Scholarships can tempt injured teen athletes to play


As high school athletics become more competitive, many injured athletes rush their rehabilitation and come back early in hopes of achieving an athletic scholarship.

University of St. Thomas freshman
Michael Frelix, photo courtesy
of the University of St. Thomas

“College scouts, once they actually know that your injured, they’ll cut you off at that point, because than they can get someone who’s good and didn’t have a leg or an arm injury,” said Mychal Frelix, a linebacker and freshman at the University of St. Thomas.

Frelix admits in high school to rushing back from a broken collarbone two weeks early in hopes of playing in front of more college scouts.

This has become common in high school athletics today, said Dr. Nicholas M. Edwards from the University of Minnesota. “This is quite common. The question almost every athlete has when they come see me for an injury is ‘When can I go back?’,” he said.

This problem occurs in both male and female athletics. Devyn Smith, 18, tore both of her ACLs – the anterior cruciate ligament, one of four major ligaments in the knee – during high school.

She tore the ACL in her right leg her junior year basketball season and the ACL in her left leg during her senior year soccer season.

Smith also confesses to rushing back from her first injury one month early. “I rushed the first ACL because I was trying to make it back for the winter basketball season because I was still trying to play college basketball,” she said. “I was getting a lot of scouting letters and talking to a lot of coaches at that point, so I was trying to make it back for the season so they could come watch me play, and I’d still have a chance.”

Smith will be an incoming freshman at North Dakota State University this fall. She received an athletic scholarship for track and field and will be competing in the high jump. She also tore her ACL again in August.

Hurrying your rehabilitation to come back to your sport early is a high-risk decision and could further jeopardize the teen athlete’s health.

“I tell them that all athletes, including the most elite athletes, get injured. Every athlete has to learn how to manage injury – it’s not a matter of if, just a matter of when and how to respond,” Edwards said. “I also tell them that the more successful athletes are the ones who can be strategic in their return to play. If they wait a little bit longer, they will be closer to 100 percent when they go back and can do well. If they go back too soon, they can worsen their injury and possibly miss the entire season.”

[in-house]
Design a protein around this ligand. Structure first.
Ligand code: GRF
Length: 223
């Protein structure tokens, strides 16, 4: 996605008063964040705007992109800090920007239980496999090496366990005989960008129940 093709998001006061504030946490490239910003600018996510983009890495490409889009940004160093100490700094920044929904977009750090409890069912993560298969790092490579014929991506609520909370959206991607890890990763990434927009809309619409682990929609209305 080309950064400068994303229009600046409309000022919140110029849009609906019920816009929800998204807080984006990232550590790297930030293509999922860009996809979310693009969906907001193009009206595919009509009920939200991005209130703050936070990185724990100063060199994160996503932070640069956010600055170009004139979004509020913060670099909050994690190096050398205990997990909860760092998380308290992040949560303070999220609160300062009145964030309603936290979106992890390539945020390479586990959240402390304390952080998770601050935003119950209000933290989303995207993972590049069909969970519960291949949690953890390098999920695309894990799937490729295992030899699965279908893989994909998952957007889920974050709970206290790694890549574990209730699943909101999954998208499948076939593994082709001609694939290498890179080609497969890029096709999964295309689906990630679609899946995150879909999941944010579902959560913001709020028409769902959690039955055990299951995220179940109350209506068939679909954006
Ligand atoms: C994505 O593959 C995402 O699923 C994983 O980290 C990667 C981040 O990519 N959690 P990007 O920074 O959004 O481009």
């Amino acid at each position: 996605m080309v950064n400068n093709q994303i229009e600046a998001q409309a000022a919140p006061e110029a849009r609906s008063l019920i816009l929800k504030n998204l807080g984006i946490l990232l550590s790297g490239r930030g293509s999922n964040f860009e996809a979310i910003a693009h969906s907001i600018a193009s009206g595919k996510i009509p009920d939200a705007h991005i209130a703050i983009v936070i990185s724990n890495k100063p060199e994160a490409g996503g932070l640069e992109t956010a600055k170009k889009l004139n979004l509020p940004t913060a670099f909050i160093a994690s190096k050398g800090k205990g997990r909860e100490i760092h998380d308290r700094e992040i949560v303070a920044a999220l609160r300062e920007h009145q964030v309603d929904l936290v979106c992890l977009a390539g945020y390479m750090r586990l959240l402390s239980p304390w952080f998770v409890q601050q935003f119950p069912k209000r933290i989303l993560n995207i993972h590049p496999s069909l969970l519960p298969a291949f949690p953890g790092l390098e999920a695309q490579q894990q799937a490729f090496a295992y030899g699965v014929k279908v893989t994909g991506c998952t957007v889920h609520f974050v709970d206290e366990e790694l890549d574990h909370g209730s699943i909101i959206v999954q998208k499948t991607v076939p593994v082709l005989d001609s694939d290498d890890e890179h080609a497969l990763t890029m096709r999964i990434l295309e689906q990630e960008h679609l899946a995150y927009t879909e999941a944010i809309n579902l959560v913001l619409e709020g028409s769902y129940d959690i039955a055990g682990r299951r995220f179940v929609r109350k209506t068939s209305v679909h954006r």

Frelix, who has been playing football ever since third grade, believes that football players have a different mentality when it comes to injuries. “(With) football injuries you’re taught to suck it up, for instance, like (in) basketball, you might baby it and sit out for a little longer.”

When asked when he started noticing coaches teaching him this mentality, Frelix said non-chalantly: “Ever since third grade, the coaches were tough.”

Frelix broke his collarbone in a pre-season scrimmage and still decided to finish up the scrimmage and play it out when he was in high school. “I don’t think I made a good decision. It was pretty rough the first few weeks back. The shoulder still to this day isn’t the same as it use to be,” he said.

High school athletes continue to push themselves and their bodies. But should there be someone to protect them from this?

“I think the entire team of people involved in organized activities need to be responsible: the parents, the sports medicine doctor, the coaches, the teammates and the athletic trainers,” Edwards said. “But it would be a mistake to think of the teens as helpless in all of this. They have the responsibility for their own health too. I think education of all of those involved with this decision making is the best way to care for young athletes and mitigate the effects of injury.”